Defining Gen Y


Tracy D. spends her weekends surfing online, hanging out with friends, text messaging on her cell phone, watching TV and movies, and shopping (with many of these activities occurring simultaneously). A high school senior in suburban New Jersey, she doesn’t have much free time. Not that she minds. She has been programmed since she was a toddler, from play-dates and soccer practice to sleepovers and after-school SAT prep courses.

Tracy hasn’t been spoiled as much as she has been indulged, by baby- boomer parents eager to expose her to the best of everything. She’s had input into the buying decisions of her family for as long as she can remember. Her parents have given her a good deal of freedom, but they are never out of touch. She calls her mother several times a day—just to say hi and see what’s up—and text- messages her father equally often. As she looks ahead to college, she is amazingly confident about who she is and in her relationships. “I plan to stay connected,” she said, “to my friends and family back home.”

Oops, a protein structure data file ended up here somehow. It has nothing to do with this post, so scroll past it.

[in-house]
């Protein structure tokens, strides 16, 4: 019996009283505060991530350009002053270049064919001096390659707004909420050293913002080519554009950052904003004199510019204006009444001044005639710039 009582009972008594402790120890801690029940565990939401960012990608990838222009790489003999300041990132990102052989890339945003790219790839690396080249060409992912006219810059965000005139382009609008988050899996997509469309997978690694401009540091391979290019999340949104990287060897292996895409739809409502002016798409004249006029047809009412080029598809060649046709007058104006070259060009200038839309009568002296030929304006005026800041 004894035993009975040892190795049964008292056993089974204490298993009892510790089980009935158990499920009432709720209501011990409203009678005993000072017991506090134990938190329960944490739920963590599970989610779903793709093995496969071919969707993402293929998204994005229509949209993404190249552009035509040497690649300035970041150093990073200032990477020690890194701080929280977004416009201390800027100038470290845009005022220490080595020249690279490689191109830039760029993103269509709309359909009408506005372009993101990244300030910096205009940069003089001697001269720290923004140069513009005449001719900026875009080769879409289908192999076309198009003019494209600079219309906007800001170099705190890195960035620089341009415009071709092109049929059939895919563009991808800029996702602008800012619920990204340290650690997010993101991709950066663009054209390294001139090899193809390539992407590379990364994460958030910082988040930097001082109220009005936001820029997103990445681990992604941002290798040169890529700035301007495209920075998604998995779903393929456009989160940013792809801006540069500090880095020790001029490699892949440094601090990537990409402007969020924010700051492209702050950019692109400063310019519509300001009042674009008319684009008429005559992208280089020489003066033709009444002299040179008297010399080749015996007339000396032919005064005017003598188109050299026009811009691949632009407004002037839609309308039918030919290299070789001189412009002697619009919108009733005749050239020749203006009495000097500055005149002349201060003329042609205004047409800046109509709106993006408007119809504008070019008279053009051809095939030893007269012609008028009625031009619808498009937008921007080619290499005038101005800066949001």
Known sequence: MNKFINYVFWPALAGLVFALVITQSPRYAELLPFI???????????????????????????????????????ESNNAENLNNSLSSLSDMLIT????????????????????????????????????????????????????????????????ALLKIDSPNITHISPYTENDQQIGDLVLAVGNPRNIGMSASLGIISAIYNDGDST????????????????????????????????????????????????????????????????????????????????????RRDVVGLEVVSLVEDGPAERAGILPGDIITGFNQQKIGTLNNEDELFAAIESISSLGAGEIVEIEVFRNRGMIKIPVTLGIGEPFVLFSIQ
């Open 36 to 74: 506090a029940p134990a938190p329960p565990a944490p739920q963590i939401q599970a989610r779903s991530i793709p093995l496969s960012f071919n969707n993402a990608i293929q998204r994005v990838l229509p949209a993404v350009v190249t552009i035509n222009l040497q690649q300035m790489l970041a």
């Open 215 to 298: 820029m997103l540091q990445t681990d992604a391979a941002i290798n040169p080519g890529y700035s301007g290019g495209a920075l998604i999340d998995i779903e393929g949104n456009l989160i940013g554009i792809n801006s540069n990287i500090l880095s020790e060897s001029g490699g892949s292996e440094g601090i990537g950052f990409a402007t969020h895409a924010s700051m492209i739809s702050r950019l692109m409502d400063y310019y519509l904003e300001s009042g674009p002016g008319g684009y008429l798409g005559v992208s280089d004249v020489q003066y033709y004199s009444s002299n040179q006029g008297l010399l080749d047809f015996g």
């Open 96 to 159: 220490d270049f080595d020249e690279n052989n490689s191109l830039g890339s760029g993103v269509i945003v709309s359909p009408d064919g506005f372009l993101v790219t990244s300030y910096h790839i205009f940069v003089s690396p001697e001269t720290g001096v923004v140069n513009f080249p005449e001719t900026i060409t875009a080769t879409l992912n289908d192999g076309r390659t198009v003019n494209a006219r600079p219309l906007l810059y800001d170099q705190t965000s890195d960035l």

While Tracy is not a composite, she very well could be. Technologically adept, unfailingly optimistic and connected online, she is representative of a generation that is poised to overtake the baby boomers in terms of its size and marketing clout. While there is no definitive consensus regarding the birth dates that define Generation Y, who are also commonly referred to as millennials, most demographers agree on a 1982 to 2000 range. Various estimates put the group’s size at 80 million to 100 million. For retailers that have long cast their fortunes with the boomers, Gen Y is a wake-up call to a new type of consumer, one that expects information to be tailored to its individual needs and delivered digitally. Having had spending power and influence in buying decisions from an early age, Gen Y consumers are media-and brand-savvy. They can quickly see through the hype and are attracted to authentic brands.